Renovations to the Suva Civic Centre’s auditorium and lower halls have been put on hold after an assessment report confirmed 30 per cent of amosite and chrysotile asbestos from tested bulk material, though it is not airborne and unlikely to affect members of the public, according to the Employment Ministry.
The heat-resistant fibre commonly used by construction companies to strengthen cement, plastics and other building needs is classified as a cancer-causing substance by the World Health Organization and is banned in over 50 countries, including Australia, where its manufacture and use was illegalized in 2003.
The assessment reports on the civic centre’s renovation site were undertaken by the Pacifica Environmental Services (PES) and Secretariat of the Pacific Regional Environmental Program (SPREP) and recently released.
Employment Minister, Jone Usamate. confirmed that enforcement officers of the National OHS Service (NOHSS) had dealt with the issue since the start of demolition works on the site earlier this year.
And as owners of the building, the Suva City Council have been issued a directive for all workers and contractors to immediately vacate the site, in addition to a prohibition notice, with all building openings sealed off, a wash down of the building and surrounding areas cordoned off last week.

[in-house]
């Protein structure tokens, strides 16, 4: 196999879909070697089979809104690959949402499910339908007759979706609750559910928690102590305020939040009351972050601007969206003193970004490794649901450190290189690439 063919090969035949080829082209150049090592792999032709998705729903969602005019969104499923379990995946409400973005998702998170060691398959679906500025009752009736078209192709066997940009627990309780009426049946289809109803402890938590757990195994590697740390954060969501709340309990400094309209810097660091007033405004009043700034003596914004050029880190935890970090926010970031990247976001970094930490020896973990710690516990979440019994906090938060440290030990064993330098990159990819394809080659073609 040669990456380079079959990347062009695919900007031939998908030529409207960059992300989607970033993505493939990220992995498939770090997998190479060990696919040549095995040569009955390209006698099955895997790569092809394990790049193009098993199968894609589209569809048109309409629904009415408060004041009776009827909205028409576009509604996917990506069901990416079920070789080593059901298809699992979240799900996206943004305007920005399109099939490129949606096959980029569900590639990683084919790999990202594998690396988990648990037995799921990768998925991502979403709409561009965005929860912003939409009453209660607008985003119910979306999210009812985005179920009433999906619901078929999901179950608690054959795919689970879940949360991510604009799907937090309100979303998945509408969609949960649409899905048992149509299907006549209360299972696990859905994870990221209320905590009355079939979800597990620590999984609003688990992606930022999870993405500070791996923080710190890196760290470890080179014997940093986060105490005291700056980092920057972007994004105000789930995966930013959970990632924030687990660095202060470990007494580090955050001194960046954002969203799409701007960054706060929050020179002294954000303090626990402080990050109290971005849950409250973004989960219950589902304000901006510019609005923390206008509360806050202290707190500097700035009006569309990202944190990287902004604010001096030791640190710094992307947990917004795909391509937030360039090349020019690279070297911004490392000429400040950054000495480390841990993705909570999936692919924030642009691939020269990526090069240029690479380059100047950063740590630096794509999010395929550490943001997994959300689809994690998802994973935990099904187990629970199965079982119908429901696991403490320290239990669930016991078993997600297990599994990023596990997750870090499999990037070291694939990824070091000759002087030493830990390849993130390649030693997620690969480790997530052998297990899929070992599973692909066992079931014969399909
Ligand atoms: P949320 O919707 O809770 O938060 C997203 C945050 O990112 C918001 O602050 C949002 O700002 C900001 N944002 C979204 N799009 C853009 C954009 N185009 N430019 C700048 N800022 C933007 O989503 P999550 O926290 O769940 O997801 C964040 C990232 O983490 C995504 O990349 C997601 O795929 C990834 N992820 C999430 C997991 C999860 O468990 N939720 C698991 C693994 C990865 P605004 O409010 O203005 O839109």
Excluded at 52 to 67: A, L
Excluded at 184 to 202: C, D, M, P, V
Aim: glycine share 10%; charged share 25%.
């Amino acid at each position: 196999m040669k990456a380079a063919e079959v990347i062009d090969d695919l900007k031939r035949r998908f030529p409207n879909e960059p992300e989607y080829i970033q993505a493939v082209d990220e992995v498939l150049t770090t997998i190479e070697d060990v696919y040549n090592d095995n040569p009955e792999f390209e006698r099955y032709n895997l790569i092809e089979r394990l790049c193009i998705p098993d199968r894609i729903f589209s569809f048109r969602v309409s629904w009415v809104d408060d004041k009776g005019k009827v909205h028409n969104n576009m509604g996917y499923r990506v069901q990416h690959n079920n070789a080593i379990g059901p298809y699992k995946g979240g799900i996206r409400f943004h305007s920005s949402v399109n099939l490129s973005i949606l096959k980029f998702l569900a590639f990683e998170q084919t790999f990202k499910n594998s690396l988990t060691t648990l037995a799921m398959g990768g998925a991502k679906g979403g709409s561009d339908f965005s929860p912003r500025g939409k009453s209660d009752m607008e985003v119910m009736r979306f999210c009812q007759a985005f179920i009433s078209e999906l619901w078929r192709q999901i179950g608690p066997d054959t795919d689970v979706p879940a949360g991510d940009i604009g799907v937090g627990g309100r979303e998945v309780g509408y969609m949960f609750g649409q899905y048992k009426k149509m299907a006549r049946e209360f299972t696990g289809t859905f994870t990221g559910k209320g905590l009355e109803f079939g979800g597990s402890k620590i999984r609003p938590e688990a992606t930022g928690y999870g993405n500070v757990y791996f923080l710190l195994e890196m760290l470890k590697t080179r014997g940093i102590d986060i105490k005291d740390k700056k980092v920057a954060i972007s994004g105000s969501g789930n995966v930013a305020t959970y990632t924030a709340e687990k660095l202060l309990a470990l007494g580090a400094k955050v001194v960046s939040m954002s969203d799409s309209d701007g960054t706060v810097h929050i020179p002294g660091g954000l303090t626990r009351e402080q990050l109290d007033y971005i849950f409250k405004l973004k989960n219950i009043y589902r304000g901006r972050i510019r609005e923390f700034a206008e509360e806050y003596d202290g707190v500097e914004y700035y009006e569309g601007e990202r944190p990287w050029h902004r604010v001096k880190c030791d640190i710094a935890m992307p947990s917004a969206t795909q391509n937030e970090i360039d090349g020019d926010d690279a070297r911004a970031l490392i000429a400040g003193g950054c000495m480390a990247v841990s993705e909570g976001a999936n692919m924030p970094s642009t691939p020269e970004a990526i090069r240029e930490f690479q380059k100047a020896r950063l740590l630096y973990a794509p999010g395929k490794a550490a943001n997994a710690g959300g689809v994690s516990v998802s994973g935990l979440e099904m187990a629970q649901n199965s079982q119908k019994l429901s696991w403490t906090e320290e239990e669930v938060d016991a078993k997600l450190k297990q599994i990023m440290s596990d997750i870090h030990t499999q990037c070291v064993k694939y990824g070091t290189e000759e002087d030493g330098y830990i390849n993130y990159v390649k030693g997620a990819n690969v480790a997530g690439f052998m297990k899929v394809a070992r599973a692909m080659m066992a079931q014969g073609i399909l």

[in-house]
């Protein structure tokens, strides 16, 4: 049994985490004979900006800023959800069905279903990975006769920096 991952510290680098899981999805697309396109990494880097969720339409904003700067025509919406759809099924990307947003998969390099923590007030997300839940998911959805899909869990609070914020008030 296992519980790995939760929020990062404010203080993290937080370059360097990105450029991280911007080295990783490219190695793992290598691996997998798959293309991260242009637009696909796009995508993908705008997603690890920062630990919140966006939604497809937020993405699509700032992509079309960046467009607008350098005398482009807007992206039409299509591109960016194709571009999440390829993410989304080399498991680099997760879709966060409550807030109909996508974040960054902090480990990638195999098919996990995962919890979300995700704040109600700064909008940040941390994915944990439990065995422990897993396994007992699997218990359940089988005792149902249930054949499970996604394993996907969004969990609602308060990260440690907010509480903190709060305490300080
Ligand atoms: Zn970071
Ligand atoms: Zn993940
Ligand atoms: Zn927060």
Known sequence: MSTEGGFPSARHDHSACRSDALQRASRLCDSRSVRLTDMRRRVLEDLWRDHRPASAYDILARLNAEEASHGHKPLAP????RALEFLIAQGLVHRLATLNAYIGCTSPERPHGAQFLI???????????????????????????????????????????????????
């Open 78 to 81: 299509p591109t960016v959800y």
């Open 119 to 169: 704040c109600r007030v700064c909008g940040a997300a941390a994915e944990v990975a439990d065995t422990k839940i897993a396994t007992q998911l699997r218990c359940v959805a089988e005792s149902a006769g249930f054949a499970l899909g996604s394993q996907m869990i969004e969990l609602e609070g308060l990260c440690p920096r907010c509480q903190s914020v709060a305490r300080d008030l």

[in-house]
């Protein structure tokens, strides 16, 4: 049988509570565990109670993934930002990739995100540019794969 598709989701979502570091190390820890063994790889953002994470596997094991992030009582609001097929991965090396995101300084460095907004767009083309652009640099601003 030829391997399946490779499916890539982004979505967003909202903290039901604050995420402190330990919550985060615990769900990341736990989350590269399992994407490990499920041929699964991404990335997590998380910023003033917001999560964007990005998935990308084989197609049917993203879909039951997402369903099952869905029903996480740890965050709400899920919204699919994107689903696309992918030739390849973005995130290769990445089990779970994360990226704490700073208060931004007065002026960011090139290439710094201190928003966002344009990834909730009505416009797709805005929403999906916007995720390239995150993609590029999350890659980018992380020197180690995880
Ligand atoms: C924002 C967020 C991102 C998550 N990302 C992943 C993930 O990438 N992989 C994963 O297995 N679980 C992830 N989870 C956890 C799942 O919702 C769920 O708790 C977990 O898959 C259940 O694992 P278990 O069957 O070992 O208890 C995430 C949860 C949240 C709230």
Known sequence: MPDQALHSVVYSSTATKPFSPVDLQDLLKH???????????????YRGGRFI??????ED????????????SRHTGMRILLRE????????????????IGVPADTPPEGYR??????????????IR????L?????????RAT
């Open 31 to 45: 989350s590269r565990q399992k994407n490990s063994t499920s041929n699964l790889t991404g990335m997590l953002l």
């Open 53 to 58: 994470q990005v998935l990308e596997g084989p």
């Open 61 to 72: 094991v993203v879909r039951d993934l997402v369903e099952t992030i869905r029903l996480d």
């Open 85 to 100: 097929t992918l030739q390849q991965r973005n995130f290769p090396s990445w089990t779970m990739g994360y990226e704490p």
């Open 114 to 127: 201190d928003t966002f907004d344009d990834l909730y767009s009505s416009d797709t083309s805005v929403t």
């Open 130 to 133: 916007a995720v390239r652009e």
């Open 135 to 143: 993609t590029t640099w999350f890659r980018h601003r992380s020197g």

“This is to contain any deposit of asbestos within the building until proper asbestos removal procedures are formulated by SCC and approved by NOHSS,” Usamate stated.
“SCC has also been directed to hire a consultant to immediately undertake air sampling inside the building and areas close to the Suva Civic Centre. This is to ensure that the surrounding does not contain any hazardous material in the air.”
The safe removal of the remainder of the asbestos began on June 5 under the close supervision of the Employment Ministry and certified consultants from Contract Environmental, a New Zealand based firm specialising in asbestos remediation, with the removal process confined to the Suva Civic Centre.
The SPREP has been closely involved in asbestos remediation works across the region via the European Union-funded PacWaste project and received information on the possibility of asbestos exposure on the Suva Civic Centre worksite on May 8, with samples taken on May 24 by contracted experts.
On May 31, the SPREP was advised that these samples had tested positive for both amosite and chrysotile asbestos and Government officials were notified by SPREP Director General, Kosi Latu.
The SPREP noted that a differing pubic statement purportedly from them that has been circulating on social media was not issued nor authorized by SPREP.
Precautionary measures by several business houses within a 500-metre radius of the contaminated site included a shutdown of bank headquarters on June 2 and the distribution of safety masks.
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